The new Oxford English Dictionary did something to the English language recently.
Something more horrific than all the mangled malapropisms of Archie Bunker, Norm Crosby or Prof. Irwin Corey combined.
The folks at the Oxford English Dictionary have "un-hyphenated" the English language ----that’s right. The hyphen for the most part is no-more. Or maybe it’s no more.
What’s next to go --- the comma, the question mark? Or perhaps: the colon. Maybe even the…ellipsis. "Quotes"? Maybe even the period will be cast off in to oblivion never to end a sentence ever again
According to Wikipedia, “The Oxford English Dictionary (OED)... is the most comprehensive dictionary of the English language…OED included about 301,100 main entries, comprising more than 350 million printed characters. It has 137,000 pronunciations, 249,300 etymologies, 577,000 cross-references, and 2,412,400 illustrative quotations.”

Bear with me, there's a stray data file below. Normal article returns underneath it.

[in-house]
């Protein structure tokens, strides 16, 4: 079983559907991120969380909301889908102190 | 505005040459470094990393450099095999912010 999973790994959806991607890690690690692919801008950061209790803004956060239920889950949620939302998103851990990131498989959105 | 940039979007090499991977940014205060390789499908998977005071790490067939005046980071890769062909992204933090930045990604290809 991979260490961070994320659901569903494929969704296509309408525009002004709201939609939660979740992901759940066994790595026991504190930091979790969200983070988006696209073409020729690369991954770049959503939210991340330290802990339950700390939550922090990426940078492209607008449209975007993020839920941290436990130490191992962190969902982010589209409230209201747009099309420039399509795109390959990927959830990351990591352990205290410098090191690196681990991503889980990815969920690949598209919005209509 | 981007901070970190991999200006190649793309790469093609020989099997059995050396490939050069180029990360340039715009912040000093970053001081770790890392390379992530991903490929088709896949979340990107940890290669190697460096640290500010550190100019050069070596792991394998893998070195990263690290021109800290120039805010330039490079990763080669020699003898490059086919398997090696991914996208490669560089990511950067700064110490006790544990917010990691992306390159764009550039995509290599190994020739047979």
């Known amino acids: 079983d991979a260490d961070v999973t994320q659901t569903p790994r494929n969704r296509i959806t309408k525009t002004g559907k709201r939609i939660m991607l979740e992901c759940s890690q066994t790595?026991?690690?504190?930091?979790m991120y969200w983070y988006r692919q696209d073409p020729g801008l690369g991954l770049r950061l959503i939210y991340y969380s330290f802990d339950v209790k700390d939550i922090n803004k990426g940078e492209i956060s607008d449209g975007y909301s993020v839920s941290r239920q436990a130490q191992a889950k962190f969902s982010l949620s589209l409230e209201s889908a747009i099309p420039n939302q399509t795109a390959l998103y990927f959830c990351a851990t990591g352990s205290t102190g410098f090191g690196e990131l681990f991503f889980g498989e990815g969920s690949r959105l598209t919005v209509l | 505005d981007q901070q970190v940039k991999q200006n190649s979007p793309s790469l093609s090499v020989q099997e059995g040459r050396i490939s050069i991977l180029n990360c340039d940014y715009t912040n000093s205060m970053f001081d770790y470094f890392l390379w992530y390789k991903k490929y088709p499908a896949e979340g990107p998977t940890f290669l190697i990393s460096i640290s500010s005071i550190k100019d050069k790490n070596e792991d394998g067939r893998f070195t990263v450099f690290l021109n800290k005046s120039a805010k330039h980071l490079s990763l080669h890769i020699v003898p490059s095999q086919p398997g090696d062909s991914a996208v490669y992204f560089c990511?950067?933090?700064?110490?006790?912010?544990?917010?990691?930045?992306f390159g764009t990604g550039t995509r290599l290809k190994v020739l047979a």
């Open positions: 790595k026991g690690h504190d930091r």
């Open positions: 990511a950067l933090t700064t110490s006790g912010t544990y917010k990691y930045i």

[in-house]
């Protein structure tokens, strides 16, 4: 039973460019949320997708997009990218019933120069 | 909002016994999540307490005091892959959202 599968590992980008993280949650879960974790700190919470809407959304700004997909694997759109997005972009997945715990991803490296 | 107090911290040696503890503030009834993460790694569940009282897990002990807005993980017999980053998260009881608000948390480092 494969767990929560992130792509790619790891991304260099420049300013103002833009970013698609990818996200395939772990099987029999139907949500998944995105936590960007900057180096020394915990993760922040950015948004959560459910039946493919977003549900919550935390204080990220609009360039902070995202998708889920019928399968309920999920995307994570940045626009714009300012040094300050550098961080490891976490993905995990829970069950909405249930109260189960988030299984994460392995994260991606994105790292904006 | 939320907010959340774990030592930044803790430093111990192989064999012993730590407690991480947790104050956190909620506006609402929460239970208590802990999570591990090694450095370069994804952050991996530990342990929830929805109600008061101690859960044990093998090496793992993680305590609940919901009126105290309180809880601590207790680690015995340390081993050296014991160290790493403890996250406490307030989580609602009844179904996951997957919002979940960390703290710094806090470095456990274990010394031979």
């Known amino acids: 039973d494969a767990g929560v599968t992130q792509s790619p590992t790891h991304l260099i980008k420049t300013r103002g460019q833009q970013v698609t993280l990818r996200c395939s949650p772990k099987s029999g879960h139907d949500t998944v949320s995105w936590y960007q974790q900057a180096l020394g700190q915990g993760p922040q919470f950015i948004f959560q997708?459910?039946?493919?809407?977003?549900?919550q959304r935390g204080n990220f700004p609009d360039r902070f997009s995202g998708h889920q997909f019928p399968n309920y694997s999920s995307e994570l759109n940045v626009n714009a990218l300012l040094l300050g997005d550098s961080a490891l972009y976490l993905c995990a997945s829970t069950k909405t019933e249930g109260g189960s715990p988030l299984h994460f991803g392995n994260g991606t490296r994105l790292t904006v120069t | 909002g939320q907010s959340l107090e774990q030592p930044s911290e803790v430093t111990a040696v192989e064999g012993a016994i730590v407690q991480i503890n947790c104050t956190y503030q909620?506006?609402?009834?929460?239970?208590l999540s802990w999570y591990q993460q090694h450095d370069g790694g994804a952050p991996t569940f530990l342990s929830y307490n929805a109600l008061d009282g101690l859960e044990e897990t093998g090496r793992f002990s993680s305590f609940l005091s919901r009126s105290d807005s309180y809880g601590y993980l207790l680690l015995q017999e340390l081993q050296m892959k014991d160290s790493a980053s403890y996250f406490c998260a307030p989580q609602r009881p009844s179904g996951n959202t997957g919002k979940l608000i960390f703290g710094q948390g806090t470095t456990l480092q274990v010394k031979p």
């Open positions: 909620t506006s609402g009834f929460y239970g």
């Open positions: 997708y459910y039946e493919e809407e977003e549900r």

Wow! That's impressive! Ooops! Maybe the exclamation point is on their hit list, too!
Anyway, sounds like they really know their stuff. So why get rid of the hyphen? Does the small horizontal dash really bother the OED folks that much? What harm does a dash really do?
Some 16,000 words were either split in two, never to be connected by a little-dash-ever-again. And some words, once separated by a little dash, are now onebigcompoundword.
"People are not confident about using hyphens anymore, they're not really sure what they are for," said Angus Stevenson, editor of the Shorter OED.
Not confident? Is the self-esteem (or perhaps now it’s either selfesteem or maybe self esteem) of dash-users/dash users/dashusers really that much in jeopardy?
"Printed writing is very much design-led these days in adverts and Web sites, and people feel that hyphens mess up the look of a nice bit of typography," Stevenson continued. "The hyphen is seen as messy looking and old-fashioned…The whole process of changing the spelling of words in the dictionary is all based on our analysis of evidence of language, it's not just what we think looks better.”
RECENTLY DIVORCED WORDS: Formerly hyphenated words split in to two words, never to be together again:
NOW, MARRIED FOREVER---Formerly hyphenated words unified as one now and forever: